Panel “How to Respond to Toxic Masculinity“

Although the younger generations show positive changes in the expression of masculinity, and in general gender roles in the family and society, hegemonic masculinities are still widely present in the societies of the Balkans, concluded the participants of the panel titled “How to respond to toxic masculinity”, held on the 8th of March 2023 at 6:00 p.m. As part of the UNIGEM project, the TPO Foundation and the University Gender Resource Center (UNIGeRC) of the University of Sarajevo organized this event on the occasion of International Women’s Day with guests from BiH, Montenegro, Croatia, and Serbia.

Moderator of the panel, Adnan Rondić, emphasized the importance of discussing these topics, because it is noticeable that there are changes in public discourse around the world that show a large increase in violence against women, which is the result of cultivated or imposed toxic masculinity.

Panelist Jelena Ćeriman from Belgrade stated that “in every society, there is a norm of how to be a man and a woman, but the problem is that not everyone can meet those requirements and norms, for example, suppressing emotions, that is, the norm that men should not express all their emotions. Suppressed emotions are then modelled into something that is more acceptable, which is anger and violence.” Therefore, the pressure to be a man in a certain norm can lead to aggression and violence.

Siniša Bjeković from Podgorica believes that “toxic masculinity should be talked about every day, because it is difficult for men to give up adopted patterns of behaviour and he says that in society we have a worsening situation, especially in situations when a woman leaves her assigned role and public life.”

Ivan Ejub Kostić from Belgrade referred to the role of religious institutions that have an influence on the “unhealthy understanding of gender relations.”

Pavle Mijović from Sarajevo also referred to the role of religion in promoting acceptable masculinities and femininities and said that in the world one can see different political and religious currents that encourage traditional gender models. However, he believes that “religious communities have the potential to humanize society. Pope Francis wants to right the wrongs. He puts women as the heads of ministries and in the courts, in order to slightly break the male hegemony that creates a toxic climate. God is not determined by gender, but churches should humanize their attitude towards man, women, and minorities.”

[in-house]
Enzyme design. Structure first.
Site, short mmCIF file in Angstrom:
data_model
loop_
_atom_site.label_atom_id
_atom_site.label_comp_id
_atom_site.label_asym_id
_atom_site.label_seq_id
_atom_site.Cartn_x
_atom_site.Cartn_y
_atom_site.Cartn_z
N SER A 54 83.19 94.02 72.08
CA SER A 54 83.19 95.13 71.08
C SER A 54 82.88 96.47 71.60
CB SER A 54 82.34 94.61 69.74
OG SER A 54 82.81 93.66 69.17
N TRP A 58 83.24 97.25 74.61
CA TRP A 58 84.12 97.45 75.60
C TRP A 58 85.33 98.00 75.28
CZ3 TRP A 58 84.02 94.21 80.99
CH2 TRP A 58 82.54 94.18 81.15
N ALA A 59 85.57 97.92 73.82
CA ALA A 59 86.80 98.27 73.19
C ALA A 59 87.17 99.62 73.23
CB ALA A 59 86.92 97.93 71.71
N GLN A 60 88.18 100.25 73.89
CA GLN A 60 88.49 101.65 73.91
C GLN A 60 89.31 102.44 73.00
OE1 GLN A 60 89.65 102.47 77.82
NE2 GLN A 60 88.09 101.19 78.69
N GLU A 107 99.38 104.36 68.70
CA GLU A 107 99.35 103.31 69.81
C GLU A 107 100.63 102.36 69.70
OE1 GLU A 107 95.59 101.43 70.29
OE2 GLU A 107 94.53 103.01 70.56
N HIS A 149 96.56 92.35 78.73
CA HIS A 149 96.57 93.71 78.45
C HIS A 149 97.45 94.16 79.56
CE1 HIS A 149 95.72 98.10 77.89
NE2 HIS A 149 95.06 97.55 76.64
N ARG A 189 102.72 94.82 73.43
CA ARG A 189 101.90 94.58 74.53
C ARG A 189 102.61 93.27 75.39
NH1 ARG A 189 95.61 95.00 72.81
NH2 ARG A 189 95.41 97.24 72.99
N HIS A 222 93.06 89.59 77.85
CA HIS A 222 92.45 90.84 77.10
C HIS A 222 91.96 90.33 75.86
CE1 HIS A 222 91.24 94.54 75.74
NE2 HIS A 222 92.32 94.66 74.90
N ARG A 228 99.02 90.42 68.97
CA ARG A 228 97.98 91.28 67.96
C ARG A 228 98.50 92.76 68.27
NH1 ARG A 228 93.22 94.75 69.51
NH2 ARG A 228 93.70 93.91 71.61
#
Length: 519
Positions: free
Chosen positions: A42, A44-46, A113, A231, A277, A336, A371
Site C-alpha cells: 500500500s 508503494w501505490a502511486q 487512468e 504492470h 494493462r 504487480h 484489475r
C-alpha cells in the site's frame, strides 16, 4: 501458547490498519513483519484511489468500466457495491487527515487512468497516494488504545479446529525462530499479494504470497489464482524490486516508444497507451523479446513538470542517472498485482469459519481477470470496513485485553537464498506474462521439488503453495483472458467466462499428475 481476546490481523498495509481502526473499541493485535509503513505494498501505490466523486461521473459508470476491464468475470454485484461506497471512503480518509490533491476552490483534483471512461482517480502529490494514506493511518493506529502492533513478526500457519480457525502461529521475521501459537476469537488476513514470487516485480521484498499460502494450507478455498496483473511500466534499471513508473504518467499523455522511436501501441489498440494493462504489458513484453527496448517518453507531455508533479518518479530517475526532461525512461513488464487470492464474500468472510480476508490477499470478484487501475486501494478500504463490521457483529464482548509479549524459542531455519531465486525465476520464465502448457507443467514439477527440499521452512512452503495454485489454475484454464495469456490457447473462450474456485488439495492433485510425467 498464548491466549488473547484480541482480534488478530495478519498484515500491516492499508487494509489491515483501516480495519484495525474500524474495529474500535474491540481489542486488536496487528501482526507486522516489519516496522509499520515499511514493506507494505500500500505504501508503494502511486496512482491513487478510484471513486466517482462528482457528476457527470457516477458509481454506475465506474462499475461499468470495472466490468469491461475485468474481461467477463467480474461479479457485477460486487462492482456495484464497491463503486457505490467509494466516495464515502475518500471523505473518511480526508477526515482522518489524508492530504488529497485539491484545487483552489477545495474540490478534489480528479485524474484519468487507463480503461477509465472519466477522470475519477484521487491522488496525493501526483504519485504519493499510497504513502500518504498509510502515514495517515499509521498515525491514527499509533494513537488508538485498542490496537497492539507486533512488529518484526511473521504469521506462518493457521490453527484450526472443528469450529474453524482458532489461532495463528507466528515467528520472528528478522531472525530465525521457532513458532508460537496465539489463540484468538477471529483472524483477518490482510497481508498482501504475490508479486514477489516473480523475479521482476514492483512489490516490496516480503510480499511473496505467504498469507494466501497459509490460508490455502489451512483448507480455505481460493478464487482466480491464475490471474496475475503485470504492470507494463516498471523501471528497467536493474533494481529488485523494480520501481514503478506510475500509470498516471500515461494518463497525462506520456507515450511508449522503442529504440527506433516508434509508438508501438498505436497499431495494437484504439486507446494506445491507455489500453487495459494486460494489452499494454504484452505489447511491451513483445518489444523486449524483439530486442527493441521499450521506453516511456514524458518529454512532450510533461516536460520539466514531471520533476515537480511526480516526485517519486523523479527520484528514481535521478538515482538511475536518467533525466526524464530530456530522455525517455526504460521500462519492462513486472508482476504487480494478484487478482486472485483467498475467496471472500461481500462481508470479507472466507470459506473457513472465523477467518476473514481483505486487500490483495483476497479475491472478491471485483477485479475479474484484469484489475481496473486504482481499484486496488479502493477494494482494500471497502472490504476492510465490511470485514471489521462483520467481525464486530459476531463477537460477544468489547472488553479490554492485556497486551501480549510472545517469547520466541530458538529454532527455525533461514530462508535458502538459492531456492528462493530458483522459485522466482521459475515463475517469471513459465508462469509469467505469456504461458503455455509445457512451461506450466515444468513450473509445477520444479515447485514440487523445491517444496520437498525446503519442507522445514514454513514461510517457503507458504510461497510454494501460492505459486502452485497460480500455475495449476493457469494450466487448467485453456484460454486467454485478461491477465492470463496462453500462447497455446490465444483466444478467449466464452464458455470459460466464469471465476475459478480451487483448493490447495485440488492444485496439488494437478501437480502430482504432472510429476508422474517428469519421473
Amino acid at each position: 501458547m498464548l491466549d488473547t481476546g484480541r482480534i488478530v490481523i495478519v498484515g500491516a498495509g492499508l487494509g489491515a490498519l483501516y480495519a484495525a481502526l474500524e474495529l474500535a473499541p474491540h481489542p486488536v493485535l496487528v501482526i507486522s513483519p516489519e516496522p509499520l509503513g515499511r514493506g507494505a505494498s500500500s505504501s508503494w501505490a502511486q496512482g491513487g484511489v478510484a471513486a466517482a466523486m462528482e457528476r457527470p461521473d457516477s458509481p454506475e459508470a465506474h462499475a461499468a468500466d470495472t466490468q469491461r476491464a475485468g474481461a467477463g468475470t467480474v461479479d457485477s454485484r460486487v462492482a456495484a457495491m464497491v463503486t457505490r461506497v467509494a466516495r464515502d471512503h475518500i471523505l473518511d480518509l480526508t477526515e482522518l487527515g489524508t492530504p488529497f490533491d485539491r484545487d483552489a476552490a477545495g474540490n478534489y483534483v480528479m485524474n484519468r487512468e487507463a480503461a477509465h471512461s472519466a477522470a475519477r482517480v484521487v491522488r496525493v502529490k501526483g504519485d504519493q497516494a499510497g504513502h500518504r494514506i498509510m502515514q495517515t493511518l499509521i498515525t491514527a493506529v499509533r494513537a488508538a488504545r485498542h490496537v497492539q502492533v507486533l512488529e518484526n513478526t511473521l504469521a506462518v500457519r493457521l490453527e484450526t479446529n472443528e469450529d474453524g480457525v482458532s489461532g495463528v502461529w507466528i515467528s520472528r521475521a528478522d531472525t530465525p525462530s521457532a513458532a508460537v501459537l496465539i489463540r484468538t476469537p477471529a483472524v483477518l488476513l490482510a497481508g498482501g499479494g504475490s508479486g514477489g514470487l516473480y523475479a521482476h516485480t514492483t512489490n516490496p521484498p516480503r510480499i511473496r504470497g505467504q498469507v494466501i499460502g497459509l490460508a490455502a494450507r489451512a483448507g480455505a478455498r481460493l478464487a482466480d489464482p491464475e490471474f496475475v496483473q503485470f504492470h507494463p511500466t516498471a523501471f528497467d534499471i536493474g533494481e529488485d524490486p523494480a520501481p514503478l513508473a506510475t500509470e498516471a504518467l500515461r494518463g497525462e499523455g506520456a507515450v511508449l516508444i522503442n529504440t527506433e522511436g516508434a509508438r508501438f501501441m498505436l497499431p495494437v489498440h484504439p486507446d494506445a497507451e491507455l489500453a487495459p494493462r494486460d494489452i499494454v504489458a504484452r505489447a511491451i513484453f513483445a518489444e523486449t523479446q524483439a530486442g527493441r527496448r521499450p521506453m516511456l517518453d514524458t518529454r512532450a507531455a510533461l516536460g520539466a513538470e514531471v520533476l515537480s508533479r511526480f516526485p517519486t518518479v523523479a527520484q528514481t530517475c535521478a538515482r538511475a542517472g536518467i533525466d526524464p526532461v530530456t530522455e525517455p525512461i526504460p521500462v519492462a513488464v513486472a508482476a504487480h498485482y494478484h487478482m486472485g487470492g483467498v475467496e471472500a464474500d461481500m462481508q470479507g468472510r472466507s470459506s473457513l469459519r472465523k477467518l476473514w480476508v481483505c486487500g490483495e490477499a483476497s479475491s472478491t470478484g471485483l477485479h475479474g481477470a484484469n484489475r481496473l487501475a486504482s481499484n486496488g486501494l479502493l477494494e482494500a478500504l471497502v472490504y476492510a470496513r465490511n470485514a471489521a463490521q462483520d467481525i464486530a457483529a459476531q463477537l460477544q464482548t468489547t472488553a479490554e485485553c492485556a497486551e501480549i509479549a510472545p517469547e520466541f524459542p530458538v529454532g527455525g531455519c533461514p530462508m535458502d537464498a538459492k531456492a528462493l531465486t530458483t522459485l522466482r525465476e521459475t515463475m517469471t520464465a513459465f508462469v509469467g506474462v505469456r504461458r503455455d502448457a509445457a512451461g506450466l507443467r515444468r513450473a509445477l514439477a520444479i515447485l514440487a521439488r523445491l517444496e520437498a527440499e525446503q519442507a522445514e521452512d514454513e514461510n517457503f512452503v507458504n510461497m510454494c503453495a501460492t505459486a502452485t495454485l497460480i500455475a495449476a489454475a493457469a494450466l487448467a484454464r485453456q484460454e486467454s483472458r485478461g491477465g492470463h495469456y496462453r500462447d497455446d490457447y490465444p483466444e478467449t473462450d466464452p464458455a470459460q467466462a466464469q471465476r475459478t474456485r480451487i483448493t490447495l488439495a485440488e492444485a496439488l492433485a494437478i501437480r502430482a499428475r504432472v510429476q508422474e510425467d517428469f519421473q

Srđan Dušanić from Banja Luka, who researched masculinity in BiH and the region, presented some data from his research that shows slight progress, but that both men and women still have stereotypical understandings of gender roles.

Stipe Nogalo from Zagreb, who works with young people in Croatia, says that changes are visible after a series of educations with young men from secondary schools, for example, they are more willing to share housework and participate in parenting. However, he also emphasized that hegemonic masculinity is necessary for a system that generates hierarchical relationships.

Jelena Ćeriman also stated that there is a whole series of mechanisms for silencing women, ignoring their work, to the point of telling them that they are not ambitious and enterprising enough, and this is a form of benevolent sexism. That is why it is important to name certain things, identify them and then change the system.

At the end, Srđan Dušanić added that attitudes can be modified by changing each individual, to build self-esteem, self-confidence, and empathy, which leads to psychological maturity. When people are mature, they see that their gender roles are not immutable but socially constructed and can be changed.

Ivan Ejub Kostić said that it is important to stand out in public so that the religious field is not left to conservative currents, but also to form alliances with those who advocate more progressive ideas.

Siniša Bjeković emphasized that it should be remembered that all violent crimes are based on hatred towards women and that is not a healthy state of mind, which is why we should insist that the perpetrators be severely sanctioned, but also that we work with them to change them.